Britain’s COVID-19 death toll has risen above 100,000. But, if it is successful, the country’s vaccine drive may leave a more lasting memory.
Britain has passed the grimmest of milestones: 100,000 people dead from COVID-19. This appalling tally is higher than anywhere else in Europe, and almost twice that of Germany, the biggest country on the continent. By one measure, Britain is now the worst-hit G-7 nation relative to its size.
There is simply no escaping the reality that the country has suffered a catastrophic failure of governance. On March 17, six days before Boris Johnson ordered Britain’s first full national lockdown, his chief scientific adviser, Patrick Vallance, told members of Parliament that, based on modeling provided to the government, a “good” outcome over the course of the pandemic would be if deaths were kept below 20,000.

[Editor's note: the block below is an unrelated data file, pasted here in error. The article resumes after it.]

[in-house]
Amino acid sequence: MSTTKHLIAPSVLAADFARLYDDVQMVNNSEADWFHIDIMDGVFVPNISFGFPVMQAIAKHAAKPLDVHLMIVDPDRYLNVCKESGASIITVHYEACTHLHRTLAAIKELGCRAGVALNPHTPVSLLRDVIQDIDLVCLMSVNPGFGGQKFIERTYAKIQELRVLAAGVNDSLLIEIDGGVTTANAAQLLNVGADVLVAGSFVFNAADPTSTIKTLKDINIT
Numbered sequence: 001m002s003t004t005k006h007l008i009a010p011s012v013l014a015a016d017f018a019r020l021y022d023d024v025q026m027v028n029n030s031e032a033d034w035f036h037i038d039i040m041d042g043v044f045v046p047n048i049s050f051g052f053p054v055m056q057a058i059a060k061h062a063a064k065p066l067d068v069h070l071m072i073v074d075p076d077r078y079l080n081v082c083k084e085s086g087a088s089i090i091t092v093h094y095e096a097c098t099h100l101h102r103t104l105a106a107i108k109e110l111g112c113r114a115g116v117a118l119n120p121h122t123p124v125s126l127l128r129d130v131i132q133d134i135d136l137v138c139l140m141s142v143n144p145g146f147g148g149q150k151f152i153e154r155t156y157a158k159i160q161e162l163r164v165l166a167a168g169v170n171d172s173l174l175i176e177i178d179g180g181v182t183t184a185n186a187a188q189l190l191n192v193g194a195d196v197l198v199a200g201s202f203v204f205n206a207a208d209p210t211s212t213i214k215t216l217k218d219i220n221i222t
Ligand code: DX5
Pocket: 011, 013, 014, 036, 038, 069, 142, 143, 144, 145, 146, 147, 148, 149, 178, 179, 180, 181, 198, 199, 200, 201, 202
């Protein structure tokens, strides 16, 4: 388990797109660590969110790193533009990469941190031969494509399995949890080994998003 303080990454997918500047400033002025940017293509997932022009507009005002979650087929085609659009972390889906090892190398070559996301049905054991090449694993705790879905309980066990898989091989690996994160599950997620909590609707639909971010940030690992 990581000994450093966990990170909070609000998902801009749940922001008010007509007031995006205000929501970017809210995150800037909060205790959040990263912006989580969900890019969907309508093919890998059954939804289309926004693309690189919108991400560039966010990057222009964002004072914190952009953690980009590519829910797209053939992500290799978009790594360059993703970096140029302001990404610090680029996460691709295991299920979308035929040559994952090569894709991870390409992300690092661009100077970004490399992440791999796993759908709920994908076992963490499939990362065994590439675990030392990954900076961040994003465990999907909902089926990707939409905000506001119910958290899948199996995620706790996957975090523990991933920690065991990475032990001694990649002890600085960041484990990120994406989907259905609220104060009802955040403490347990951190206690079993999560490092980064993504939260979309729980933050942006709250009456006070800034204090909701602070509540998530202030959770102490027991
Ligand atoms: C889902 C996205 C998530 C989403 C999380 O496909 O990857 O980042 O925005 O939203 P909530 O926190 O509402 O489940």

And yet, Britain has also shown wisdom. Although its vaccination program remains in its early stages, it has raced ahead of every other country in Europe, having bought more doses, sanctioned their use more quickly, and begun their rollout with more urgency. Even as Britain’s death tally eclipses 100,000, more than 6.5 million vaccinations have been administered, far more than Germany or France. This has been helped by the Oxford AstraZeneca vaccine, the most cost-effective and easiest to use of the inoculations approved so far, which was developed in Britain in part because of early and heavy government backing. If the country’s record in saving lives has been one of abject failure, its vaccination record is anything but.